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On the Turnover of Business Firms and Business Managers

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Author Info

  • Holmes, T.J.
  • Schmitz, J.A.

Abstract

The success of a business depends in part on whether or not the manager and the business make a good "fit" or "match." Success also depends upon characteristics of the business that are distinct from the manager, for example, the convenience of the business location to customers. Variations across firms in "match quality" and in "business quality" account, in part, for why some businesses survive and others are discontinued. This paper is a first attempt at assessing the relative importance of variation in match quality and variation in business quality in accounting for the turnover dynamics of the U.S. small business sector. An evolutionary model is developed in which a selection process tends to eliminate both "unfit" business as well as "unfit" pairings between businesses and managers. We estimated this model with the Characteristics of Business Owners Survey. Our estimates suggest that variations in match quality play a more significant role than variations in business, or general, quality in accounting for turnover behavior of U.S. of small businesses. We discuss the implications of this finding and demonstrate its importance in the context of an experiment conducted in the estimated model economy.

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Bibliographic Info

Paper provided by Wisconsin Madison - Social Systems in its series Working papers with number 9211.

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Length: 40 pages
Date of creation: 1992
Date of revision:
Handle: RePEc:att:wimass:9211

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Postal: UNIVERSITY OF WISCONSIN MADISON, SOCIAL SYSTEMS RESEARCH INSTITUTE(S.S.R.I.), MADISON WISCONSIN 53706 U.S.A.

Related research

Keywords: management ; economic models;

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References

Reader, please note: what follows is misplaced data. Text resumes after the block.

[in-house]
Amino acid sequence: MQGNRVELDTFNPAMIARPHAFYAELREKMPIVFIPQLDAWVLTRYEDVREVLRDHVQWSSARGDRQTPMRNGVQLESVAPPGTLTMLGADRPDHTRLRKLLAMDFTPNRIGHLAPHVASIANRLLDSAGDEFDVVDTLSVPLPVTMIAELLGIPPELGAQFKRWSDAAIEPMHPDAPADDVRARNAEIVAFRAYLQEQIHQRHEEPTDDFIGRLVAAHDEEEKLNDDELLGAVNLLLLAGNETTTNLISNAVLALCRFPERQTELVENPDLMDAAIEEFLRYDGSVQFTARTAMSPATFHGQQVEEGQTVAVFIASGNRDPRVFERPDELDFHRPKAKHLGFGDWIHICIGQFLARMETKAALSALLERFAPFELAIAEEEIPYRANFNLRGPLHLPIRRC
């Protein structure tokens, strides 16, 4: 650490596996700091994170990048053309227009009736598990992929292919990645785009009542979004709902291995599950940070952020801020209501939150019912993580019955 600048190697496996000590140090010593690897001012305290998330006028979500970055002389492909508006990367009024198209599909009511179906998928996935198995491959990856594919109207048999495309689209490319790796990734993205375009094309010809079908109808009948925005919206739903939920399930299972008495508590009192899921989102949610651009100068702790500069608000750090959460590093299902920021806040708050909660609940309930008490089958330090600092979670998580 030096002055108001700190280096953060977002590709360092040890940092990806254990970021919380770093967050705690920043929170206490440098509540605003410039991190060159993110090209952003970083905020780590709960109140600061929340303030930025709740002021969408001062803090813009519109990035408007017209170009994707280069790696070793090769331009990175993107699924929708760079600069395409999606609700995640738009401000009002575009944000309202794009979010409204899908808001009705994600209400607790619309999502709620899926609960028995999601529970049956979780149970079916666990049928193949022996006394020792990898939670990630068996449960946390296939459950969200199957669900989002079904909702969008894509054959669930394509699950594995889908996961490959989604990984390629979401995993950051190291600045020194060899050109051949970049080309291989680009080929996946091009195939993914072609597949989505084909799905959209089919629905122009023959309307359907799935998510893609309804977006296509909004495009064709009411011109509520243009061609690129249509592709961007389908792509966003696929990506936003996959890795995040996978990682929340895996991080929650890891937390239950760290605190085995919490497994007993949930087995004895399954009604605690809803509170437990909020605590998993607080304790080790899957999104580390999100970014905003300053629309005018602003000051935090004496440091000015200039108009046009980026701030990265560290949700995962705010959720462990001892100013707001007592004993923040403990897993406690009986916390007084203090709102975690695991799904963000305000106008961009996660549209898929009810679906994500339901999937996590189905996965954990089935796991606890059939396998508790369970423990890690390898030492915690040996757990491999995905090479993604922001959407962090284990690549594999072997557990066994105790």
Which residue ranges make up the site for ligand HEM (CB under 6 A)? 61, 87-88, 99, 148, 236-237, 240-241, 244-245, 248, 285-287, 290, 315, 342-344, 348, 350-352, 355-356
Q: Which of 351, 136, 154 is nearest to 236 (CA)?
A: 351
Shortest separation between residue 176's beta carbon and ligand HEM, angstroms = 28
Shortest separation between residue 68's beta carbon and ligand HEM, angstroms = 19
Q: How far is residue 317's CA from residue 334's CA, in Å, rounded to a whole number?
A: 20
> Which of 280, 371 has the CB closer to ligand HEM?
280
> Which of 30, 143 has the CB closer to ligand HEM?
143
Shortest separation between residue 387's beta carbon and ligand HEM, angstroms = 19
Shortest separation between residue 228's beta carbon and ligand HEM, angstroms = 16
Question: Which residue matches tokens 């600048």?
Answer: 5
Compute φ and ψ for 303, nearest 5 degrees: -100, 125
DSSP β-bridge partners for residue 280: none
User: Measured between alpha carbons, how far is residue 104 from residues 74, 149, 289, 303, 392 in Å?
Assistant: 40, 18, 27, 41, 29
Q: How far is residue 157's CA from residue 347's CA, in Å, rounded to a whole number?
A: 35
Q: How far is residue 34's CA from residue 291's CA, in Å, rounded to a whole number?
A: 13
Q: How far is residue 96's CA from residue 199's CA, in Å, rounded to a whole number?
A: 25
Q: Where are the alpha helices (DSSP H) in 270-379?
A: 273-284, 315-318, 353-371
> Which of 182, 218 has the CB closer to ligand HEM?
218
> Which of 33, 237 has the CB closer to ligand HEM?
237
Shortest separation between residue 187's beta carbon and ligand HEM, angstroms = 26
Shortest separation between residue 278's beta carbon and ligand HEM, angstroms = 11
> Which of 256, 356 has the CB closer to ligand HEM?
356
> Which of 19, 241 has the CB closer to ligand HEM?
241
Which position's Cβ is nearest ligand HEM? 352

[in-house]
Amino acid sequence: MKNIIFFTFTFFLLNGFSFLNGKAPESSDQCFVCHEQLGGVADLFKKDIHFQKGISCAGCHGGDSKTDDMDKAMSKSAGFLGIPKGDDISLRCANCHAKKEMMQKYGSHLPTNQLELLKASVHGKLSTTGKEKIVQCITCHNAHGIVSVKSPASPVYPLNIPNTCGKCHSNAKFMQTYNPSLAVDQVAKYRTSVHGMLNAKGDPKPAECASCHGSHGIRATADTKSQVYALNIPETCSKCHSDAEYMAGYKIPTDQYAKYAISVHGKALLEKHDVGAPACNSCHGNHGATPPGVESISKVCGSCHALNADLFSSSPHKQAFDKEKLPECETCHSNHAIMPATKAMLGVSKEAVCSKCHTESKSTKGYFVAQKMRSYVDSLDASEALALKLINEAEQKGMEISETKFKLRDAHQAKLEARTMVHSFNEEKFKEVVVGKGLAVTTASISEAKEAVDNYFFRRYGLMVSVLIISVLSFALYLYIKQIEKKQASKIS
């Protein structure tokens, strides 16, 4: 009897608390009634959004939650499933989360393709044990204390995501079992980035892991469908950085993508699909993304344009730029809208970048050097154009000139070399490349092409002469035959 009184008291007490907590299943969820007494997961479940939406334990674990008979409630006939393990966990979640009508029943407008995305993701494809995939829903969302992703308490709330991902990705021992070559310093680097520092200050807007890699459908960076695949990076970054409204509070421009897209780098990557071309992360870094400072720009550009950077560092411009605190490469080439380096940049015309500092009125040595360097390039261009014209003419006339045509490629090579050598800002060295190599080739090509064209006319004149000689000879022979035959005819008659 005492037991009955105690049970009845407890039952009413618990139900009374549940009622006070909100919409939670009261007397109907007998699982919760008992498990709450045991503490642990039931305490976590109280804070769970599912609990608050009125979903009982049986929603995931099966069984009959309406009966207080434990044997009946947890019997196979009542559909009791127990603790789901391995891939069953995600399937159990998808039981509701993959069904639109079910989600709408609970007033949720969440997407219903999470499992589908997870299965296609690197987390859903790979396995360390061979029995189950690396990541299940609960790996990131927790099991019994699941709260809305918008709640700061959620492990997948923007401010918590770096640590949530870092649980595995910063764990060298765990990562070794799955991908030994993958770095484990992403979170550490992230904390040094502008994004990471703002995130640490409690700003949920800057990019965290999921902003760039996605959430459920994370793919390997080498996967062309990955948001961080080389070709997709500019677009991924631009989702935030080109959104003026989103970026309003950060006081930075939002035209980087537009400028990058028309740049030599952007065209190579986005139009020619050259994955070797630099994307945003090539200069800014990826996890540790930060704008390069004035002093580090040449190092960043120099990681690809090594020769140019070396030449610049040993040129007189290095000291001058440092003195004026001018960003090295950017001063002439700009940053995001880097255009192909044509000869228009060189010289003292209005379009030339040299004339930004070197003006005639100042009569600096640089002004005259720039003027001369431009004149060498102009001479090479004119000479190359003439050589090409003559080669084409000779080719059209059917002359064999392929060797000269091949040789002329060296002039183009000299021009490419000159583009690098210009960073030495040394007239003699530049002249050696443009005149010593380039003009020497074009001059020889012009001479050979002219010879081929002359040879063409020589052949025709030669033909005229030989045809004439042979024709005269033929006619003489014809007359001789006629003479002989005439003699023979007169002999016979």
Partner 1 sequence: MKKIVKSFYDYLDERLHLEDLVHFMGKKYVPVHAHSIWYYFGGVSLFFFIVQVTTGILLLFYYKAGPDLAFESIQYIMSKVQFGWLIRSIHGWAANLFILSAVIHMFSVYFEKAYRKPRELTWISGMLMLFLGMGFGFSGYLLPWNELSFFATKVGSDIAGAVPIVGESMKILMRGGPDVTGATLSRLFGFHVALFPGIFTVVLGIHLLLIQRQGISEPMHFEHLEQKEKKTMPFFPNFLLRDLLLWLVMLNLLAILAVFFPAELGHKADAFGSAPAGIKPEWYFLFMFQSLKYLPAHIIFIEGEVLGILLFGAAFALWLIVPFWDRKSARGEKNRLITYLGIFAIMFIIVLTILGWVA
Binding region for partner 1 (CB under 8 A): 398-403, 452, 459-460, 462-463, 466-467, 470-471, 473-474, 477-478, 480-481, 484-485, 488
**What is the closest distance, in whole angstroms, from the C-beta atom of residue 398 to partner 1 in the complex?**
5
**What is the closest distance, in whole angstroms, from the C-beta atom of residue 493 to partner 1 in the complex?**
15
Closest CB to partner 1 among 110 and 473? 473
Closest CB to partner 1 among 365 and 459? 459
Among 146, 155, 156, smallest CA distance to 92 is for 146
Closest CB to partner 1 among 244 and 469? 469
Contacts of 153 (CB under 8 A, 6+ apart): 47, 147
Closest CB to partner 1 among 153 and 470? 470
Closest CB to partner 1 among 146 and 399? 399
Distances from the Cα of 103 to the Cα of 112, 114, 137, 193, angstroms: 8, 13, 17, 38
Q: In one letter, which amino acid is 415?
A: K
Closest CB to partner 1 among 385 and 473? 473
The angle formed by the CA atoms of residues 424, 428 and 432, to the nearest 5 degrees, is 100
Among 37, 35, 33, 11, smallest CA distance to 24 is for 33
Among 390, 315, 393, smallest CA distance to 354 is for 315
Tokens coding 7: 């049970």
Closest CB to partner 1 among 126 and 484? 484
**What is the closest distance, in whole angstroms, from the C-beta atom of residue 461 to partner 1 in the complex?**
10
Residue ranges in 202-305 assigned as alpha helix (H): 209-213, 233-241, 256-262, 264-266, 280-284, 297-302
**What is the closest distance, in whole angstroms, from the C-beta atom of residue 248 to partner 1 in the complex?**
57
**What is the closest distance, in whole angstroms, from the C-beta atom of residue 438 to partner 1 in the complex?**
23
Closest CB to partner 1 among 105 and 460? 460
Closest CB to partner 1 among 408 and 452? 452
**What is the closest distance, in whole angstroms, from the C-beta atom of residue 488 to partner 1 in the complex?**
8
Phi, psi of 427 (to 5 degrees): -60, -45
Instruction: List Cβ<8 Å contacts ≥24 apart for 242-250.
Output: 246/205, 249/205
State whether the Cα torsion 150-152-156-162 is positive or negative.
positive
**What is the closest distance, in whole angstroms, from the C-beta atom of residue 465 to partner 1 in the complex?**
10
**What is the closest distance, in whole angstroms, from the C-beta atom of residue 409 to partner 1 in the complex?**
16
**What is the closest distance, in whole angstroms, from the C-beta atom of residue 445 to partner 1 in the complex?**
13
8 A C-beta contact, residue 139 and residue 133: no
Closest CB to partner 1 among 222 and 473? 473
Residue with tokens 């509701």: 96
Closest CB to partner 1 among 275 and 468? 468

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  1. Holmes, Thomas J & Schmitz, James A, Jr, 1990. "A Theory of Entrepreneurship and Its Application to the Study of Business Transfers," Journal of Political Economy, University of Chicago Press, vol. 98(2), pages 265-94, April.
  2. Jovanovic, Boyan & Moffitt, Robert, 1990. "An Estimate of a Sectoral Model of Labor Mobility," Journal of Political Economy, University of Chicago Press, vol. 98(4), pages 827-52, August.
  3. Pakes, A. & Ericson, R., 1990. "Empirical Implications Of Alternative Models Of Firm Dynamics," Papers 594, Yale - Economic Growth Center.
  4. Dunne, Timothy & Roberts, Mark J & Samuelson, Larry, 1989. "The Growth and Failure of U.S. Manufacturing Plants," The Quarterly Journal of Economics, MIT Press, vol. 104(4), pages 671-98, November.
  5. Evans, David S, 1987. "Tests of Alternative Theories of Firm Growth," Journal of Political Economy, University of Chicago Press, vol. 95(4), pages 657-74, August.
  6. Zvi Eckstein & Kenneth I. Wolpin, 1989. "The Specification and Estimation of Dynamic Stochastic Discrete Choice Models: A Survey," Journal of Human Resources, University of Wisconsin Press, vol. 24(4), pages 562-598.
  7. Ariel Pakes, 1986. "Patents as Options: Some Estimates of the Value of Holding European Patent Stocks," NBER Working Papers 1340, National Bureau of Economic Research, Inc.
  8. Hopenhayn, Hugo A, 1992. "Entry, Exit, and Firm Dynamics in Long Run Equilibrium," Econometrica, Econometric Society, vol. 60(5), pages 1127-50, September.
  9. Jovanovic, Boyan, 1979. "Job Matching and the Theory of Turnover," Journal of Political Economy, University of Chicago Press, vol. 87(5), pages 972-90, October.
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